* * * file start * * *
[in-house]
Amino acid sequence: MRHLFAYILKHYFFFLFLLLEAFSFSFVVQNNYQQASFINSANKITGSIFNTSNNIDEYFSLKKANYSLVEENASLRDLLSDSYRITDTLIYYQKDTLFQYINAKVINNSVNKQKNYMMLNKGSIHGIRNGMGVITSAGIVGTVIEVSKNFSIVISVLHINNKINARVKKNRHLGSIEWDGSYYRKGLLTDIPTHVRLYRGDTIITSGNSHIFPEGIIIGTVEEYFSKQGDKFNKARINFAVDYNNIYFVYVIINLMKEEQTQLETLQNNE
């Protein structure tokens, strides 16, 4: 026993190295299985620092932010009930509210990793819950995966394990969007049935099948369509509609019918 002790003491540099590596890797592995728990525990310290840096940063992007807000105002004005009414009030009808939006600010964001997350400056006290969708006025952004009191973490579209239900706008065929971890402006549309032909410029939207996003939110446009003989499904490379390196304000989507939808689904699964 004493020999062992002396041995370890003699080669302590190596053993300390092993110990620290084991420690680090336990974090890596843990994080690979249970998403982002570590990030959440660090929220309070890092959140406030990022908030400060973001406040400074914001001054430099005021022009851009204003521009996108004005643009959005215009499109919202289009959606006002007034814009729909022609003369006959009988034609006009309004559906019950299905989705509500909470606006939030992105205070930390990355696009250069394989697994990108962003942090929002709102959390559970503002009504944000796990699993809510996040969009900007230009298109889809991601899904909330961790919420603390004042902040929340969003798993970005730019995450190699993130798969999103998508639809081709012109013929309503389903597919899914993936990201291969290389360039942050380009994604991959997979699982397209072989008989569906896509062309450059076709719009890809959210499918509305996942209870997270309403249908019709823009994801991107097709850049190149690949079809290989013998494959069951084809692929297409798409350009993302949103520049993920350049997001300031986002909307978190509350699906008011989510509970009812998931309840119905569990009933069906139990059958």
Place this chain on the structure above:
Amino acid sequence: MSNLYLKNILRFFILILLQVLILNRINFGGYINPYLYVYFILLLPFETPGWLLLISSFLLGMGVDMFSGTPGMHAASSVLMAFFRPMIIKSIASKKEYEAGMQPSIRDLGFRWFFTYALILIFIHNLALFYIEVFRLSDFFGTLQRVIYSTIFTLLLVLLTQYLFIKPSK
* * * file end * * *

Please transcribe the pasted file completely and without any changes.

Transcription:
[in-house]
Amino acid sequence: MRHLFAYILKHYFFFLFLLLEAFSFSFVVQNNYQQASFINSANKITGSIFNTSNNIDEYFSLKKANYSLVEENASLRDLLSDSYRITDTLIYYQKDTLFQYINAKVINNSVNKQKNYMMLNKGSIHGIRNGMGVITSAGIVGTVIEVSKNFSIVISVLHINNKINARVKKNRHLGSIEWDGSYYRKGLLTDIPTHVRLYRGDTIITSGNSHIFPEGIIIGTVEEYFSKQGDKFNKARINFAVDYNNIYFVYVIINLMKEEQTQLETLQNNE
């Protein structure tokens, strides 16, 4: 026993190295299985620092932010009930509210990793819950995966394990969007049935099948369509509609019918 002790003491540099590596890797592995728990525990310290840096940063992007807000105002004005009414009030009808939006600010964001997350400056006290969708006025952004009191973490579209239900706008065929971890402006549309032909410029939207996003939110446009003989499904490379390196304000989507939808689904699964 004493020999062992002396041995370890003699080669302590190596053993300390092993110990620290084991420690680090336990974090890596843990994080690979249970998403982002570590990030959440660090929220309070890092959140406030990022908030400060973001406040400074914001001054430099005021022009851009204003521009996108004005643009959005215009499109919202289009959606006002007034814009729909022609003369006959009988034609006009309004559906019950299905989705509500909470606006939030992105205070930390990355696009250069394989697994990108962003942090929002709102959390559970503002009504944000796990699993809510996040969009900007230009298109889809991601899904909330961790919420603390004042902040929340969003798993970005730019995450190699993130798969999103998508639809081709012109013929309503389903597919899914993936990201291969290389360039942050380009994604991959997979699982397209072989008989569906896509062309450059076709719009890809959210499918509305996942209870997270309403249908019709823009994801991107097709850049190149690949079809290989013998494959069951084809692929297409798409350009993302949103520049993920350049997001300031986002909307978190509350699906008011989510509970009812998931309840119905569990009933069906139990059958």
Place this chain on the structure above:
Amino acid sequence: MSNLYLKNILRFFILILLQVLILNRINFGGYINPYLYVYFILLLPFETPGWLLLISSFLLGMGVDMFSGTPGMHAASSVLMAFFRPMIIKSIASKKEYEAGMQPSIRDLGFRWFFTYALILIFIHNLALFYIEVFRLSDFFGTLQRVIYSTIFTLLLVLLTQYLFIKPSK